Ben Shahn: His Art and His Mission
February 13 - March 29, 2003
exhibition artwork

Throughout the history of art there have always been a few artists who went beyond decoration and design to employ their talents for commentary about the impact of events in their times. Much like his European predecessors Breugel, Goya, and Daumier, Ben Shahn's aesthetic is closely intertwined with his emotional reaction to subjects and events depicted. While Shahn was a master of many styles and media, he developed a consistently recognizable style that carries the impact of his feelings along to the viewer.

From the beginnings of his artistic career Shahn championed the plight of the victims and the downtrodden, swept aside in the increasing frenzy of 20th Century America. His subjects ranged from war-torn angst to social decay and the lonely isolation of the individual. He strove to reintroduce humanity to an increasingly impersonal world.

Ben Shahn emigrated with his family at age eight from Lithuania to New York in 1906. His apprenticeship to a commercial lithographer defined his artistic direction and style. Shahn's initiation consisted of 4 years of grinding stones and "making letters - thousands and thousands of letters until I should know to perfection every curve, every serif, every thick element of a letter and every thin one". Although he was employed to learn the trade of commercial printmaking, Shahn later wrote, "If learning the craft was my ostensible reason and purpose, my private one was to learn to draw - and to draw always better and better."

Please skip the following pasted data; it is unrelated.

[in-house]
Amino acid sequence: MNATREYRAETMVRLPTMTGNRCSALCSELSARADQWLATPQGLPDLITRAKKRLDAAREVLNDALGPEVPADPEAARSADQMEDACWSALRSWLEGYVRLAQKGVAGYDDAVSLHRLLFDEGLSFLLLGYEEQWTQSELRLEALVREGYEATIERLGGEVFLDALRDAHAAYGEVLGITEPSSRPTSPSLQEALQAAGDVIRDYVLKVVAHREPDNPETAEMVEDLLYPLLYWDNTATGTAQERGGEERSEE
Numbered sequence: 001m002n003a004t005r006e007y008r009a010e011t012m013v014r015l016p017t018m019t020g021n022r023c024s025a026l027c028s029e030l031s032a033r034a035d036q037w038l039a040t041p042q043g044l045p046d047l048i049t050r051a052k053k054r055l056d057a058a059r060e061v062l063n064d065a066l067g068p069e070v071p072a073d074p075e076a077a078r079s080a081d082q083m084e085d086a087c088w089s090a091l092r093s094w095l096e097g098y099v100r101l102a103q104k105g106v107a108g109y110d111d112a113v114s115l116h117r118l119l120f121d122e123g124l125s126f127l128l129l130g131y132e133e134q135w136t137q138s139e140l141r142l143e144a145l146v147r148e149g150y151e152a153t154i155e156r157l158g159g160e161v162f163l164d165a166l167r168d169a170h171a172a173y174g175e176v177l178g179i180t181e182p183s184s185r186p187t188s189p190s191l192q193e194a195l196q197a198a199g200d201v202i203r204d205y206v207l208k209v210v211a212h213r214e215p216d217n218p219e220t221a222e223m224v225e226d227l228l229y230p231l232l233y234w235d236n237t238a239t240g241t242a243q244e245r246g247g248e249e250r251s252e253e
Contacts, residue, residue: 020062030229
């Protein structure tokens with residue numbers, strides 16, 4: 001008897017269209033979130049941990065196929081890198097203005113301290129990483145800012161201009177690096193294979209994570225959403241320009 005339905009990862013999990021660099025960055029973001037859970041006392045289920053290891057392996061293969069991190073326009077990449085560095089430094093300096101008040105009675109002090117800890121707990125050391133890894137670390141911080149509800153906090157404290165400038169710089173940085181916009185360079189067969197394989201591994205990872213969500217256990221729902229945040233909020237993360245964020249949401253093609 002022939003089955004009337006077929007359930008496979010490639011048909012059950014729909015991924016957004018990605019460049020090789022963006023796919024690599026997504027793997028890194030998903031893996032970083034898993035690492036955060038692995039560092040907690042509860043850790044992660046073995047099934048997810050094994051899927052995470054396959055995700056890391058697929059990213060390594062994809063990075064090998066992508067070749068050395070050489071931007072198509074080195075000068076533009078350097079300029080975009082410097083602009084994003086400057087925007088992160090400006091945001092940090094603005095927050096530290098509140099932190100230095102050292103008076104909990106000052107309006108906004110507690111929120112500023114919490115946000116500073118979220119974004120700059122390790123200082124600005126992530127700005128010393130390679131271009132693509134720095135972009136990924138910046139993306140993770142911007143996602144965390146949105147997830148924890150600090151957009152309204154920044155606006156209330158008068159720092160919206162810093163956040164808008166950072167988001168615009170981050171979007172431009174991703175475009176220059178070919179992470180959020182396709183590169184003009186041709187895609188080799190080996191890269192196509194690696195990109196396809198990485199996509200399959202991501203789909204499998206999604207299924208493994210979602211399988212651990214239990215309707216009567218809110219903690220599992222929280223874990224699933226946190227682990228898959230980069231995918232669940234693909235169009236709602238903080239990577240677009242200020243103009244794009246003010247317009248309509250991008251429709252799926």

By his own admission, printmaking was primarily a means for Shahn to disseminate his drawings. In addition to printmaking, he was a noted photographer who once shared a studio with social documentarian Walker Evans. Shahn produced his first artistic prints in lithographic tusche while employed with the WPA and struggling to establish his career as a painter. In many ways, the more democratic medium of printmaking was the ideal medium for Shahn to get his message out to the masses.

Shahn pushed the boundaries of printmaking, trying many different and novel methods. He produced color lithographs, serigraphs and even several photo-offset posters for the Office of War Information during World War II. He also experimented with hand coloring, applied gold leaf, and printed text, in both English and Hebrew.

Shahn's late work was often less politically confrontational and more personal and spiritual. In addition to his art, Shahn was also a prominent writer, lecturer and teacher. He disliked labels and most likely would have rejected any of these titles. He stated, "I believe that if it were left to the artist to choose their own labels, most would choose none". Ben Shahn died in1968 in New York and his works can be found in nearly every major American museum including the Metropolitan Museum, the Museum of Modern Art, the Smithsonian Institute, and the San Francisco Museum of Modern Art.

 





 








"Society cannot grow upon negatives…perhaps Humanism and Individualism are the logical heirs to our earlier, more mystical beliefs… But in any case, if we are to have values, a spiritual life, a culture, these things must find their imagery and their interpretation through the arts."

– Ben Shahn

 

Exhibition Packet:

Ben Shahn Exhibition - Press Release

Ben Shahn: Man With a Cause

Ben Shahn: Three Chairs

 

More works by Ben Shahn:

At George Krevsky Gallery